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  • Writer's pictureLaura

Engineering Challenges for Home

Engineering is all around us. Engineers are behind everything you use each day, from the scooter your child rides to school or nursery to the kettle you make a beeline for once they're dropped off.

Young children are natural born engineers, constantly investigating to understand how things work. However as they move through school and practical learning makes way for the more theoretical, children start to think less and less like engineers.

Chances are your child's school or nursery isn't doing much engineering. The curriculum is already so jam packed and teachers so busy that there's no time for any extras.

But that doesn't mean you can't get involved in engineering at home while they're still young.

5 Reasons Why Engineering Matters for Under 10's

  1. There aren’t enough engineers: In 2018 a fifth of workers in the UK were in engineering fields, but as these numbers grow, we’re faced with a future with insufficient skilled workers in this sector. Research has shown this is partly because young people simply don’t know enough about engineering. How can we continue to advance and improve as a society if we don’t have people with the skills to help us do so?

  2. Engineering subjects are overlooked: Research shows that most children have a rough idea of their future career path by age 10. However Engineering UK found that less than a quarter of 11-14 year olds knew what engineering even was. Children need positive early experiences of engineering to help them consider studying the subjects. This is especially the case for girls who make up only a very small percentage of GCSE engineering subjects such as Engineering, Computing and Design Technology.

  3. It can turn children on to maths and science: Perhaps even more important at a primary school level is the fact that engineering, by its practical nature, has the capacity to engage children of all abilities with maths and science. As children start to see the purpose of the principles they’re being taught at school, they begin to connect their learning.

  4. It raises achievement in all subjects: A March 2017 report found that hands-on experimentation and learning from failure in schools helped to raise achievement and aspiration across the whole primary curriculum.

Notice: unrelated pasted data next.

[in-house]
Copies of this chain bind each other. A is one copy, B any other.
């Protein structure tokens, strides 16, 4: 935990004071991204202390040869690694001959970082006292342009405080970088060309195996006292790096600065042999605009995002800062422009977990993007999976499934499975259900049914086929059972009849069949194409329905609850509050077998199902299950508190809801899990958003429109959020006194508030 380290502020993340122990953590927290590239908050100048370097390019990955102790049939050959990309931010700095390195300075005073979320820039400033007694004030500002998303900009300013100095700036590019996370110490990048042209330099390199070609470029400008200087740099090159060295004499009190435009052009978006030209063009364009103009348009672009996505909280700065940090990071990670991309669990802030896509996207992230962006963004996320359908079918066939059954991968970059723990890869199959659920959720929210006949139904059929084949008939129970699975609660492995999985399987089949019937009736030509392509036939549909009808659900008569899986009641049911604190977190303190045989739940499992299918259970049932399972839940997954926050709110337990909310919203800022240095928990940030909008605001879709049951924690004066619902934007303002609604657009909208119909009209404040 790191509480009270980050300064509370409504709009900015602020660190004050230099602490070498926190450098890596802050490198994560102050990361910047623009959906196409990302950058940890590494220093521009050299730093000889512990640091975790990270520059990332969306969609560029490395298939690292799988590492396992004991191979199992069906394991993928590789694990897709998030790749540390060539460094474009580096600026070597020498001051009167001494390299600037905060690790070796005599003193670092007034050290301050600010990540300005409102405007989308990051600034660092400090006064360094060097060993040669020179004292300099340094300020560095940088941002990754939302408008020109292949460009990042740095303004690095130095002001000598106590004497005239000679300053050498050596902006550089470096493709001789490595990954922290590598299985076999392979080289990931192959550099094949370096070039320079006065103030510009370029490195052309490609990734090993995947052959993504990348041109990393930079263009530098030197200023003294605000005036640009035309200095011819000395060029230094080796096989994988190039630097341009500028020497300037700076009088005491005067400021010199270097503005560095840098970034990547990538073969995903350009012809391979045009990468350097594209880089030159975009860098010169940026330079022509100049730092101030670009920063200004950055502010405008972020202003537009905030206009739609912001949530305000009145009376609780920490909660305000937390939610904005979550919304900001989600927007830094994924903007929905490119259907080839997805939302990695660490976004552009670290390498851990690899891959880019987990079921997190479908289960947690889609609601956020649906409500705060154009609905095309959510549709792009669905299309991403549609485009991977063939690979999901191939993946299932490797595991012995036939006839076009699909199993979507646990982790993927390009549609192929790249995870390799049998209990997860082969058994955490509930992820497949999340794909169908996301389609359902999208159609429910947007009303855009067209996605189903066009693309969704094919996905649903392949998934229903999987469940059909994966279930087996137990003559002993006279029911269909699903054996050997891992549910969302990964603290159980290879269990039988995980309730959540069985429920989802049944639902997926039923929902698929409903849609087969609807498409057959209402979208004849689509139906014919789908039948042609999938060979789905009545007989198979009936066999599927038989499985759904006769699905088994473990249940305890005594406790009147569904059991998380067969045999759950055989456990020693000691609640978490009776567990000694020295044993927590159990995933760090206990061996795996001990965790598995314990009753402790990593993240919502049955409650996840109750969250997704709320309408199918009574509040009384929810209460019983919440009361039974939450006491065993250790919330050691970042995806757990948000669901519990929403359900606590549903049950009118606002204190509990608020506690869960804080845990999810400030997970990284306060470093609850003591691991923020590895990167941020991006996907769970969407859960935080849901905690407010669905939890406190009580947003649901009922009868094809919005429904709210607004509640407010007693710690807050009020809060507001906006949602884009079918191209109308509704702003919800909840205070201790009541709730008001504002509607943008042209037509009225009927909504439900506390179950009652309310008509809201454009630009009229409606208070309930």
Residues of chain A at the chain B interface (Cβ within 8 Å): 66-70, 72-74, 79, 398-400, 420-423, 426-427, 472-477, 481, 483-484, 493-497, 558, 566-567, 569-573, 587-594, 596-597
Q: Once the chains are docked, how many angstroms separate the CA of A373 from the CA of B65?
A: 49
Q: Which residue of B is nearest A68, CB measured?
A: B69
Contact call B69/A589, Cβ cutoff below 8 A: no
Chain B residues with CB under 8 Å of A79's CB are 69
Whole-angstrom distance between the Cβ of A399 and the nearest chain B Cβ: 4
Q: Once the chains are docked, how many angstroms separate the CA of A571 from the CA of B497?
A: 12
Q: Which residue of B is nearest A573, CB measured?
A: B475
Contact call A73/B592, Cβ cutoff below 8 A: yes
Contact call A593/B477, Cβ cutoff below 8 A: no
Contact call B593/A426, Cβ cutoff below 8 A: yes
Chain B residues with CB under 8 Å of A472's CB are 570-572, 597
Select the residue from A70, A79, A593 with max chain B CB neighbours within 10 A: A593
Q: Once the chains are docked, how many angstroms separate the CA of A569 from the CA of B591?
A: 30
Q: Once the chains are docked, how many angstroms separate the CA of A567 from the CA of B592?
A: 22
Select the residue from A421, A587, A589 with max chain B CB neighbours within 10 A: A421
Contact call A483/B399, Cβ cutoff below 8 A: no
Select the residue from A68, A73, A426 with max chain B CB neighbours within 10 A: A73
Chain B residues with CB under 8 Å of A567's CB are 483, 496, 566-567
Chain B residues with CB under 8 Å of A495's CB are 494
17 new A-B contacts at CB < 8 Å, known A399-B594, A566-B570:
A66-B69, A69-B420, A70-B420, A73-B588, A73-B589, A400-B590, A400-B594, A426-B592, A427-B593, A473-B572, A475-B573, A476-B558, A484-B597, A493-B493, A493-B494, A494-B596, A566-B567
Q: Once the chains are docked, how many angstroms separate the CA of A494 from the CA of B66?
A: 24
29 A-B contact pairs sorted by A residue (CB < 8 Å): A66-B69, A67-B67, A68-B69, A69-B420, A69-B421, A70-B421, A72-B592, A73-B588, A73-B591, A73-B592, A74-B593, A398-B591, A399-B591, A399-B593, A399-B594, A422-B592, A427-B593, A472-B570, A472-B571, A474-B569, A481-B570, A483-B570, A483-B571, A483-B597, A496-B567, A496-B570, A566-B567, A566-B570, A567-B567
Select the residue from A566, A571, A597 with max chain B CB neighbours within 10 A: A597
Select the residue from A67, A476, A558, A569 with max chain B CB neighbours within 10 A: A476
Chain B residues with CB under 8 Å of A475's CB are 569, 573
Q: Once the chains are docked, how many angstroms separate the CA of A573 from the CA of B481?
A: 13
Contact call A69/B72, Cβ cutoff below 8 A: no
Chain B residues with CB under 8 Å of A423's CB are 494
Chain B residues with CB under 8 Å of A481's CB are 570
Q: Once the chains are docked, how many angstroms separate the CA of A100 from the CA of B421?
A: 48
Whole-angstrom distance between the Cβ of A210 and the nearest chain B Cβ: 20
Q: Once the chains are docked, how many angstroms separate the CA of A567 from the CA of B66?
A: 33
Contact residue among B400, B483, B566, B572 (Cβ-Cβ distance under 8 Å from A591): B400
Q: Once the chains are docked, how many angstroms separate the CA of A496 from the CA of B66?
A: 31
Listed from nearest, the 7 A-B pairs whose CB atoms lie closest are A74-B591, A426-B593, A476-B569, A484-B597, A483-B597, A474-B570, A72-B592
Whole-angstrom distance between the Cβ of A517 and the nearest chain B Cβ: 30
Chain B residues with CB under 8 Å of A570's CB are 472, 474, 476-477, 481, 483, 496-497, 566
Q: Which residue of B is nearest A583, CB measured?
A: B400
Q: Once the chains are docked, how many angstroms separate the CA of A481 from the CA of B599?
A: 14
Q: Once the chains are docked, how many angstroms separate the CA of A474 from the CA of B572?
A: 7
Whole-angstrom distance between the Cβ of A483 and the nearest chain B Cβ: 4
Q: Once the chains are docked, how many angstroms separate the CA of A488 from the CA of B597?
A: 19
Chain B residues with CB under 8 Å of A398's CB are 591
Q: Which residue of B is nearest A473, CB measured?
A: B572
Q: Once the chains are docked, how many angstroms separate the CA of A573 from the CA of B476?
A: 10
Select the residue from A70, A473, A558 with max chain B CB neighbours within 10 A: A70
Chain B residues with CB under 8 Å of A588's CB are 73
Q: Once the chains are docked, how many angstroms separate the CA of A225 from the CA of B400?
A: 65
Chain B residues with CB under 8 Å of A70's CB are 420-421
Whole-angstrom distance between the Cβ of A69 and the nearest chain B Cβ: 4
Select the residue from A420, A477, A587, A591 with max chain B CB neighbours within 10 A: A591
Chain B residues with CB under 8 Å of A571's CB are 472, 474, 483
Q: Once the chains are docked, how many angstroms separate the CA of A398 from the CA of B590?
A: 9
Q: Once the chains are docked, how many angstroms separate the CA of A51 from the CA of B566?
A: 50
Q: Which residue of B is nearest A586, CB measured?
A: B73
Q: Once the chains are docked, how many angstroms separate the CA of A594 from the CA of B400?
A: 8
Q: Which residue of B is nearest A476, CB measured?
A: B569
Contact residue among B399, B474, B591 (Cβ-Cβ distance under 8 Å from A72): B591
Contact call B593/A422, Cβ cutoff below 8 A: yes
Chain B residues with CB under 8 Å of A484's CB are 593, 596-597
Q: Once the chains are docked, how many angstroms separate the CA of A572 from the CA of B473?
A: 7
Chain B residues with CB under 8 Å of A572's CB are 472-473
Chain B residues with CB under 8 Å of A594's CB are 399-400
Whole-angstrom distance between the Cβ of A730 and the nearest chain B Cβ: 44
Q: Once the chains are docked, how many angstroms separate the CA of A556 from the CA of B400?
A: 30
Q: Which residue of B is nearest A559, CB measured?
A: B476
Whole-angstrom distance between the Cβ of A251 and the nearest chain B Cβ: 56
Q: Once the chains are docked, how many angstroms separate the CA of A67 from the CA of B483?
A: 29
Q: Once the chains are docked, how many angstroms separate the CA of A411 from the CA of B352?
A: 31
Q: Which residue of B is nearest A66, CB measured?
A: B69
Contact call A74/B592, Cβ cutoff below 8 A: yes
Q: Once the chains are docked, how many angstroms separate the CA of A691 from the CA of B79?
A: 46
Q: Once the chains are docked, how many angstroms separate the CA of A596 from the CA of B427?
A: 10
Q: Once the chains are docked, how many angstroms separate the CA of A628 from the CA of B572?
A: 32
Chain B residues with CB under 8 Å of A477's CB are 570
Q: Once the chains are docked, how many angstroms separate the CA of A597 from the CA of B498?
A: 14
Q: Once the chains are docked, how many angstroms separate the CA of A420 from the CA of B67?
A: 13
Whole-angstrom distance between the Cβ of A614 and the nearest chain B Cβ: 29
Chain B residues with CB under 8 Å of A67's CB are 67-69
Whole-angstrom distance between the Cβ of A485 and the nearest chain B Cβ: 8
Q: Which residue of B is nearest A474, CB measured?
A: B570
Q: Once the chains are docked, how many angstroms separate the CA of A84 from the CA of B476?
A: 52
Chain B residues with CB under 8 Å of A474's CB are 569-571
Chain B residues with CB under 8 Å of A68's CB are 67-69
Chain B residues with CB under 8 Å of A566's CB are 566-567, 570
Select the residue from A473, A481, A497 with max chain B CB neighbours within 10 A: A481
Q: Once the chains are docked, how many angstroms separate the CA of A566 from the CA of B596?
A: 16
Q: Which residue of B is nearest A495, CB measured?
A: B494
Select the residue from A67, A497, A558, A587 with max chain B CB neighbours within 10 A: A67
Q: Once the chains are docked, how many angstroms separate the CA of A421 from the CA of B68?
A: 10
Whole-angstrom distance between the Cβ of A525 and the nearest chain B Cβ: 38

5. It develops other important skills: As children take part in practical engineering activities, they can’t help but practice and develop skills such as problem solving, collaboration, communication and creativity. These skills are widely acknowledged to be some of the most important skills for children to have to thrive in both school and in the world beyond school.

Starting to do some engineering at home with your child doesn’t have to be complicated or time-consuming though. In fact it can be be really easy to do at home because children investigate and find things out for themselves.

Below I've shared some simple ideas to get you started with your first engineering challenge at home using things you'll probably have around the house.

Make your engineering challenges fun and practical and let them pursue their own ideas and fail where they need to. Especially for younger children, also try to make these challenges things you do together, with them taking the lead.

Bridge Building Challenge For Ages 3-5

What You'll Need: Pile of hard backed books; small characters or animals; 2 chairs.

What to Do:

  1. Place your characters or animals on one chair with around a 15cm gap to a second chair.

  2. Ask what could help the character cross from one chair to the other. You could add a narrative to this with water/trolls below etc. if you wanted.